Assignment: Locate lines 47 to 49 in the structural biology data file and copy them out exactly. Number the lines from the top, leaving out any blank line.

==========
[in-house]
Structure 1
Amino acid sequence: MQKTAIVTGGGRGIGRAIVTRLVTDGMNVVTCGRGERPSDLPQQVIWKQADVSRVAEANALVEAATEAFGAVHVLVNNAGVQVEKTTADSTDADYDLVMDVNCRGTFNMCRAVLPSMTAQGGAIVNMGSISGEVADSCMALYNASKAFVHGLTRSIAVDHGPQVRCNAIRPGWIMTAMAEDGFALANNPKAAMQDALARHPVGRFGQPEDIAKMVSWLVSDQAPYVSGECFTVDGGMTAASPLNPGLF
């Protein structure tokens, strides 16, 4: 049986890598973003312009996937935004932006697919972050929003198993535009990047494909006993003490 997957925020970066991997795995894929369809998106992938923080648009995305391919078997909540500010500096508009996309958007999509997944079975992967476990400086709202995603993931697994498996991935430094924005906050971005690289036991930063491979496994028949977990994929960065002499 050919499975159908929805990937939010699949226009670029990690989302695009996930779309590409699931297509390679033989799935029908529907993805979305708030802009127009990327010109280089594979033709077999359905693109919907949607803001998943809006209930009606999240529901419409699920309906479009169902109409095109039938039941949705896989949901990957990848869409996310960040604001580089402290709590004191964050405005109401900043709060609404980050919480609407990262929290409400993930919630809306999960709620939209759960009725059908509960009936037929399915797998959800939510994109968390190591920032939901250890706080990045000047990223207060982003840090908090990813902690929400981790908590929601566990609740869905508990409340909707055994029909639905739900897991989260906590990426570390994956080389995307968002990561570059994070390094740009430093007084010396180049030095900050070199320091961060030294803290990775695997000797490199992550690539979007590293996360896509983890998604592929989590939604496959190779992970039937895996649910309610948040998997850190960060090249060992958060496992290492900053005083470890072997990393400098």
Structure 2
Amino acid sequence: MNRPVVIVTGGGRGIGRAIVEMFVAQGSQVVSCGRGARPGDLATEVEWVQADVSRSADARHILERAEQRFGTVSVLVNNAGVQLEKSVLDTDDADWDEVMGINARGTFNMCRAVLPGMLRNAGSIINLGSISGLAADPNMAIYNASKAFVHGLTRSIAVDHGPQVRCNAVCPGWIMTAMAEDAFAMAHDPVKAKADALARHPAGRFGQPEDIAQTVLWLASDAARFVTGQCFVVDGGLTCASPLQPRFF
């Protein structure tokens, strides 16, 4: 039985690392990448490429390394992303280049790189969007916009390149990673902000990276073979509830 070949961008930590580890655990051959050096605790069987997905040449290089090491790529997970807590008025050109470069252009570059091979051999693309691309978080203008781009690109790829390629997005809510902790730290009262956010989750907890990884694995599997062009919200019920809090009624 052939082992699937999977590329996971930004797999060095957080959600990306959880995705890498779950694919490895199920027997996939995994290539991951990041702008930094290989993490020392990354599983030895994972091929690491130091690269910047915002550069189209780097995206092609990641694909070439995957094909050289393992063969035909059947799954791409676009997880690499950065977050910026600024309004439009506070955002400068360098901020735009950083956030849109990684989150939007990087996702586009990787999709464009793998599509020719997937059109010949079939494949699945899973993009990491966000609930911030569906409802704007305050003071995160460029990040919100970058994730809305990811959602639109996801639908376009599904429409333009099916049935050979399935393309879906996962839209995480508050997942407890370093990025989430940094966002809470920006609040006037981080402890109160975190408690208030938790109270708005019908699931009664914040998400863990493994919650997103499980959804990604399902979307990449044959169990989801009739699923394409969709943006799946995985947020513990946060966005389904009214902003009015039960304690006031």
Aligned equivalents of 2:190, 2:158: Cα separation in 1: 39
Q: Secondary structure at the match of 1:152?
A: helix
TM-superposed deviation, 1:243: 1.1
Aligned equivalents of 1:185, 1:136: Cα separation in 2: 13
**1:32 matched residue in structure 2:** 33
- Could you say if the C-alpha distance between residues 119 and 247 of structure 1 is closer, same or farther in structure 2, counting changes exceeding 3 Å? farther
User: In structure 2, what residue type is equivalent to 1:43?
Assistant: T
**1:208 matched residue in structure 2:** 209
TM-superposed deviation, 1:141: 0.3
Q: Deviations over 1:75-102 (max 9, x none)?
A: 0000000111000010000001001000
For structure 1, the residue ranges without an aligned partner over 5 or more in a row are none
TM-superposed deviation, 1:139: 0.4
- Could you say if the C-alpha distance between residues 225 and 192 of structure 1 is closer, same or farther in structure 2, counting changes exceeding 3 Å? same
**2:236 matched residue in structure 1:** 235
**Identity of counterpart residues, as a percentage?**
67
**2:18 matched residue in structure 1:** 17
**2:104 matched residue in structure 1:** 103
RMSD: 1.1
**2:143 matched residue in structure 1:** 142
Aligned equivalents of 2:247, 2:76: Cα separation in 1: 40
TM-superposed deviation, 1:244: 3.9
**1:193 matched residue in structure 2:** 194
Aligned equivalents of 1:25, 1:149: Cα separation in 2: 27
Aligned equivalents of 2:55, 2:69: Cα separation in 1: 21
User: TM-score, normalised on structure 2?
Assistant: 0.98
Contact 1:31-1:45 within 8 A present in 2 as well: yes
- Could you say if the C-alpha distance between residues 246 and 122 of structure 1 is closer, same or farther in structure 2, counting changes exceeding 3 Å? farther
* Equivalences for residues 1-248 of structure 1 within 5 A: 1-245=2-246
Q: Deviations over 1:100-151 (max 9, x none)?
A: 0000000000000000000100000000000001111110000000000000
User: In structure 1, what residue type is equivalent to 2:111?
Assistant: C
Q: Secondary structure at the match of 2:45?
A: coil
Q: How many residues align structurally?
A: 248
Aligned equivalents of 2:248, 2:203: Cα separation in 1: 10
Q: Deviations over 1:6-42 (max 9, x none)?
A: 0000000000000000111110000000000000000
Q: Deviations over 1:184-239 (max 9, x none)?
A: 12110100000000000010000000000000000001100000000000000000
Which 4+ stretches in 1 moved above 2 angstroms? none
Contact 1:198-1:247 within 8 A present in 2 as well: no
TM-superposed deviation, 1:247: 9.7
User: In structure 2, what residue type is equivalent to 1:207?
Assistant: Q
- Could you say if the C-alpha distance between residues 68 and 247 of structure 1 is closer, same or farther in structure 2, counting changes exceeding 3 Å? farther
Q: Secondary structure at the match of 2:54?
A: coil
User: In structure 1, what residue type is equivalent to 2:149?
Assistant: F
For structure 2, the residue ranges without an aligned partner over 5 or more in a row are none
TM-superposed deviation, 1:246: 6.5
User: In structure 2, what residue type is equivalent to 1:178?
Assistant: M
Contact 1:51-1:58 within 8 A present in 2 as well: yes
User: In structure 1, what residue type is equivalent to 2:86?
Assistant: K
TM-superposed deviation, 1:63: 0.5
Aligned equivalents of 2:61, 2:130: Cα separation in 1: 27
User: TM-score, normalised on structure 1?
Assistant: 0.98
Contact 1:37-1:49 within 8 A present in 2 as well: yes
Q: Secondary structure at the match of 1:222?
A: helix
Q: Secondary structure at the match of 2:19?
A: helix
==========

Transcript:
Q: How many residues align structurally?
A: 248
Aligned equivalents of 2:248, 2:203: Cα separation in 1: 10